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Functional requirements of building| Components of Building structure & Parts

The basic requirement i.e. designs as well as function play an important role in the design and construction of a building as a whole as well as its components. A good building should be structurally sound, functionally efficient, and aesthetically good in appearance. To achieve all these factors, the economy should also be given due importance.

In this post, we will discuss the functional or basic requirements of a building and various components to achieve functional efficiency in design.

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The building is one of the most important structures constructed by civil engineers. It is a type of structure in which not only civil engineer is required but also electrical, mechanical, electronics, sanitary man powers are required.

Parts of Building

There are mainly two parts of the building, which are considered during design:

(a) Sub-structure: The portion of the building below the ground level is called sub-structure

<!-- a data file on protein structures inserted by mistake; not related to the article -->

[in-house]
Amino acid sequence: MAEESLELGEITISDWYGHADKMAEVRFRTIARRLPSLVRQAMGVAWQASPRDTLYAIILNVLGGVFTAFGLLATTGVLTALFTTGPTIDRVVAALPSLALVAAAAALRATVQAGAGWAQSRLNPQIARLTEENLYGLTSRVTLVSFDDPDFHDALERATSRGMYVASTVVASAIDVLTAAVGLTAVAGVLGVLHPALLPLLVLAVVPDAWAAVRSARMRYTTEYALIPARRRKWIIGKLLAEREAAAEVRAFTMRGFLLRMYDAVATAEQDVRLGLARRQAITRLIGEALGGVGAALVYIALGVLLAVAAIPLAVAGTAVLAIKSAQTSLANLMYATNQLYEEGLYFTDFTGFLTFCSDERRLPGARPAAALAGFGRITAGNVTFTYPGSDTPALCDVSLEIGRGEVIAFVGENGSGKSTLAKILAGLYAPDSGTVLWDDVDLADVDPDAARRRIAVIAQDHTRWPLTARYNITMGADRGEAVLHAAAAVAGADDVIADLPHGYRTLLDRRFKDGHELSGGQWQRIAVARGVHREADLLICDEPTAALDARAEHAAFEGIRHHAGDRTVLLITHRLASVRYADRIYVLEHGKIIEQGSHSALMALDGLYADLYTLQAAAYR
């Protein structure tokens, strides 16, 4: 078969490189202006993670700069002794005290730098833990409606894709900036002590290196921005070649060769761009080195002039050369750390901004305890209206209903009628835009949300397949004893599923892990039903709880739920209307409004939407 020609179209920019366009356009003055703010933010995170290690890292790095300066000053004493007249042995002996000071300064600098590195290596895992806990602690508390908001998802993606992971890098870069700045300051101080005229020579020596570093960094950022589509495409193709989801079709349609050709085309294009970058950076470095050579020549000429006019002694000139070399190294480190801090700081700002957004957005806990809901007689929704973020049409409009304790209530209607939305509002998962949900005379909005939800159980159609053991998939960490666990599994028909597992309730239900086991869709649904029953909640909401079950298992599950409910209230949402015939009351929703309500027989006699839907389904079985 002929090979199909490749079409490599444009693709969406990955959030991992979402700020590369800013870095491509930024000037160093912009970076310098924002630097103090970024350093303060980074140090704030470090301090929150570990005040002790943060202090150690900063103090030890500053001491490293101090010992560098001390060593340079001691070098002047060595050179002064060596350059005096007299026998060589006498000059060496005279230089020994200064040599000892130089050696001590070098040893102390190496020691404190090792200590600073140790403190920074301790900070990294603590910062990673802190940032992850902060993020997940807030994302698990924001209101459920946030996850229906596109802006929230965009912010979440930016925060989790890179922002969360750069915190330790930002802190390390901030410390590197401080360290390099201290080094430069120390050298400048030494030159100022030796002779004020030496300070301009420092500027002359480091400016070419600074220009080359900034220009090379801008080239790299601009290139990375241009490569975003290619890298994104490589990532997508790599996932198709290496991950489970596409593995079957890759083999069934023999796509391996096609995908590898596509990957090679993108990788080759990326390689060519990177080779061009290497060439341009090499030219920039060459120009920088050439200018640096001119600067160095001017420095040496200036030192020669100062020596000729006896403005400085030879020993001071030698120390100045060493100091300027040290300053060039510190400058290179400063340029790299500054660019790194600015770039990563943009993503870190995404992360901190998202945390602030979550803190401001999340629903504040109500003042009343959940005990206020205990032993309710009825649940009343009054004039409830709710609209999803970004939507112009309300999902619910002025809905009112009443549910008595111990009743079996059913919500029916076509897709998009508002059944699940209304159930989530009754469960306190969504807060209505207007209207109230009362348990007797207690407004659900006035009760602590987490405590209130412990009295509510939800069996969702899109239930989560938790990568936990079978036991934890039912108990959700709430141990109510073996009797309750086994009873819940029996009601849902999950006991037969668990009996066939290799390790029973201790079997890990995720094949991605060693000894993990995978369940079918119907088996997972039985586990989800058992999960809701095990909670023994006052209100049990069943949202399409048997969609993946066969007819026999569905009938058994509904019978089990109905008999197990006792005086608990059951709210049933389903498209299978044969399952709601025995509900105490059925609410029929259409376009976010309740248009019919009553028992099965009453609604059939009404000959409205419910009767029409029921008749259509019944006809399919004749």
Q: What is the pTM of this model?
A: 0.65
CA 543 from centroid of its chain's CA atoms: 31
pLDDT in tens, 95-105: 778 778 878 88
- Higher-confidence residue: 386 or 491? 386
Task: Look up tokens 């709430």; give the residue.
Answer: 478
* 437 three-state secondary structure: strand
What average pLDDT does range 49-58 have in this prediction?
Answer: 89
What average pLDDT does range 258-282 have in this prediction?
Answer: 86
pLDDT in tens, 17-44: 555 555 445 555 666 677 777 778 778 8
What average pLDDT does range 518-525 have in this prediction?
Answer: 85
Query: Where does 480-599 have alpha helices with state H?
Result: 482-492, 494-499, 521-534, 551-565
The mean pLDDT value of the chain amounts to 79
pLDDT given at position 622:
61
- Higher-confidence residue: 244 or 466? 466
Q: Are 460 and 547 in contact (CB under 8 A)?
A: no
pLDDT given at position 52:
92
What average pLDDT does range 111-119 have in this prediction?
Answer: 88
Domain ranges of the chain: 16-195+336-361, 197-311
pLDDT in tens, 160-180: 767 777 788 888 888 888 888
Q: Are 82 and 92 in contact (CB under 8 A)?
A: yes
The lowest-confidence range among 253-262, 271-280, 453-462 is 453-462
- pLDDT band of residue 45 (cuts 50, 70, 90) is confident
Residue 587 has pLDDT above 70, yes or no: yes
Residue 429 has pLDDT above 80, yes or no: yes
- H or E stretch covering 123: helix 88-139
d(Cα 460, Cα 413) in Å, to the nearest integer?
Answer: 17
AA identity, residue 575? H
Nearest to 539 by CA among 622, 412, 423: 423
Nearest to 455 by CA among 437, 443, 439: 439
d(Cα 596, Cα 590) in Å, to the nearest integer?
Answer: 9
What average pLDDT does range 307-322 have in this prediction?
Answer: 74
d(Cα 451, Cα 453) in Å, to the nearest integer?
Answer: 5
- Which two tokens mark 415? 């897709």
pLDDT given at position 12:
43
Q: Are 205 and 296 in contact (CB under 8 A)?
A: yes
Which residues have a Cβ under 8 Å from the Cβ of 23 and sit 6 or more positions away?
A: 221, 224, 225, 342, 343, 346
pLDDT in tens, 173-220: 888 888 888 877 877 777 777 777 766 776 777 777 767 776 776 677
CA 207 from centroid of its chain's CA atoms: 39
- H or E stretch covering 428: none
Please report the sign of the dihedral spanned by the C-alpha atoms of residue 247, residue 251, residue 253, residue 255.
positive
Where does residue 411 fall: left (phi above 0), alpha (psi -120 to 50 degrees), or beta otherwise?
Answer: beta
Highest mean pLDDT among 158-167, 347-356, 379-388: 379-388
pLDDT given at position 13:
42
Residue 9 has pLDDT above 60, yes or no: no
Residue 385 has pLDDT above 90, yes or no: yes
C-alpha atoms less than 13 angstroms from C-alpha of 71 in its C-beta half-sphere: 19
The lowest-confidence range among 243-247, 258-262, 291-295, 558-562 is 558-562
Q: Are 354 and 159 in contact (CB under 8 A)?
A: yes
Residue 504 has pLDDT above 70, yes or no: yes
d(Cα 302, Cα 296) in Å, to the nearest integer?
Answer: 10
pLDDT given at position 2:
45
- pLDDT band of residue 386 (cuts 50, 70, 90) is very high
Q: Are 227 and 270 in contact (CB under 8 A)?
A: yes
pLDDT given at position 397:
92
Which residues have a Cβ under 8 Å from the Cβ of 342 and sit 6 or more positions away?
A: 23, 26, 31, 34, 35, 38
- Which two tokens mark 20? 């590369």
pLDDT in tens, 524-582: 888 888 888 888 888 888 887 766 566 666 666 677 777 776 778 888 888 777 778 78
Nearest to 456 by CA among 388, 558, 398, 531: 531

b) Super-structure: The portion of the building above the ground level is called superstructure. The portion of structure between ground level and floor level is called plinth


The design and performance of a good building should satisfy the following basic functional requirements should be important for the design and performance of a good building:

(I)The structure system of the building should be strong and sound.

(II) It should have sufficient stiffness so that its deterioration does not reduce the efficiency of the structure to its intended purpose.

(III)  From the performance point of view, the building should be well planned to make comfort and convenient to the occupants of the building.


A typical construction Plan_ and_ Elevation of Various building components
Fig. A typical construction Plan_ and_ Elevation of Various building components

To achieve the above three important fundamental requirements, a building should satisfy the following requirements in its design and construction: